Guidance on when to test the adolescent population is still lacking globally.40 The majority of the countries that have a national HCV policy have no recommendations for testing or treating children.40 The WHO reinforces the importance of testing adolescents that are intravenous drug users, have multiple sex partners or MSM.60 Some authors, however, recommend testing all adolescents that admit having any type of high-risk behavior because adolescents are less likely to admit to IVDU to parents or primary care physicians.14,31 Others believe that to break the cycle of transmission completely, universal testing of HCV in the answer.8
In the US, the majority of PWID diagnosed with HCV before age 30 report initiation of recreational drugs before age 20 (97%); prescription opioids and powder cocaine were abused on average 2 years prior to starting heroin use.9 Among homeless adolescents, lifetime crack use was a strong predictor of hepatitis infection.13 Hence, prevention of early substance abuse during the adolescent years would likely result in lower HCV rates in the same population.
The increase of HCV infection rates in the last decade related to the opioid crisis has impacted the pediatric population, particularly adolescents and newborns. Future research and effort will have to focus on the pediatric population in order to reach the WHO goal of eradicating HCV by 2030.
The key to prevent long-term morbidity and mortality from HCV infection is early diagnosis and treatment, however there is no clear guideline for when to test adolescents. Pediatricians should be aware of the prevalence of HCV in their acting community and test it in teenagers that report having high-risk behaviors, like IVDU and multiple sexual partners. Even though there is approved, safe and curative treatment for HCV, the adolescent population is not being tested, which delays treatment and increases the morbidity from HCV infection. Establishing widespread RDTs in pediatric offices might increase testing rates, with the advantage of getting the results in the same patient encounter.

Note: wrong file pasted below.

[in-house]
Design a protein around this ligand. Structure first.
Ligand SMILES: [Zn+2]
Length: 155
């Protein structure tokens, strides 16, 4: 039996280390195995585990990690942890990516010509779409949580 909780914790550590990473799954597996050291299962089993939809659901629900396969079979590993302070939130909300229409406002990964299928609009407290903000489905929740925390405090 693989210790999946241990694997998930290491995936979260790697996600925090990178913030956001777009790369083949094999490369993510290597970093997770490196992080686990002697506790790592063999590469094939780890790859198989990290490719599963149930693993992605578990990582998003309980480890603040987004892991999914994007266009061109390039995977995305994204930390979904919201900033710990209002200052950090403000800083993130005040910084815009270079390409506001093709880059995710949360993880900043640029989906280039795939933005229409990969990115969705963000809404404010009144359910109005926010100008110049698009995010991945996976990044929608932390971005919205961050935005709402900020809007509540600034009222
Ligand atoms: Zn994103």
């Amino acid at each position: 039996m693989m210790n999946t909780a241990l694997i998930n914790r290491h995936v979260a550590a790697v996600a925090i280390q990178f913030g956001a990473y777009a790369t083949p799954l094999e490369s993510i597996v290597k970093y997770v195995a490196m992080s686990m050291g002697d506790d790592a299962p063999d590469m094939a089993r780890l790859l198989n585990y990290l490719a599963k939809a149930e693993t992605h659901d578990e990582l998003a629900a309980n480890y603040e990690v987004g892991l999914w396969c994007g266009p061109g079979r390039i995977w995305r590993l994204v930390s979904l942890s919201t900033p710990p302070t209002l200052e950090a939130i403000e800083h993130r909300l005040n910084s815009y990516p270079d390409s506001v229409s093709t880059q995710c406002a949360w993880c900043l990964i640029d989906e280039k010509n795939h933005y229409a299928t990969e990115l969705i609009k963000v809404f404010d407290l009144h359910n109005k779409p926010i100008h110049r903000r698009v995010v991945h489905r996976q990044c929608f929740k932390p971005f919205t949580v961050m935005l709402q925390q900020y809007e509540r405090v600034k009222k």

On the other hand, the literature has shown that compliance to HCV guidelines is better in drug center facilities than in other settings, like family practices or pharmacies.54 Therefore, now that DAA therapy has been approved for patients that are still using drugs or are on medication-assisted therapies, targeting these facilities and providing treatment while these adolescents are admitted might be beneficial. Providing therapy for PWID additionally contributes to diminishing ongoing HCV transmission.50,51,53
Female adolescents that are intravenous drug users, are also prone to other high-risk behaviors, including accidental pregnancy, which perpetuates vertical transmission of the virus. Hopefully, implementing the most recent CDC recommendation in which HCV should be tested in every pregnancy, detection of perinatal infections will increase. Similarly, testing all adults once in a lifetime should have an impact on the pediatric population, given that the prevalence of HCV in adults predicts the prevalence of HCV in teenagers of that same population.
Unfortunately, only a small fraction of adolescents diagnosed with HCV end up getting adequate treatment. When HCV is detected, adequate referral for a pediatric Infectious Diseases provider must occur. It is very likely that families that have members with HCV have other social issues, which contribute to the lack of compliance to the treatment regimen. Because of the high likelihood of deficient follow up, social services or other support teams should be involved, to assure appropriate follow up and therapy.
The authors acknowledge the support of Nazha Abughali, MD.
The authors report no conflicts of interest in this work.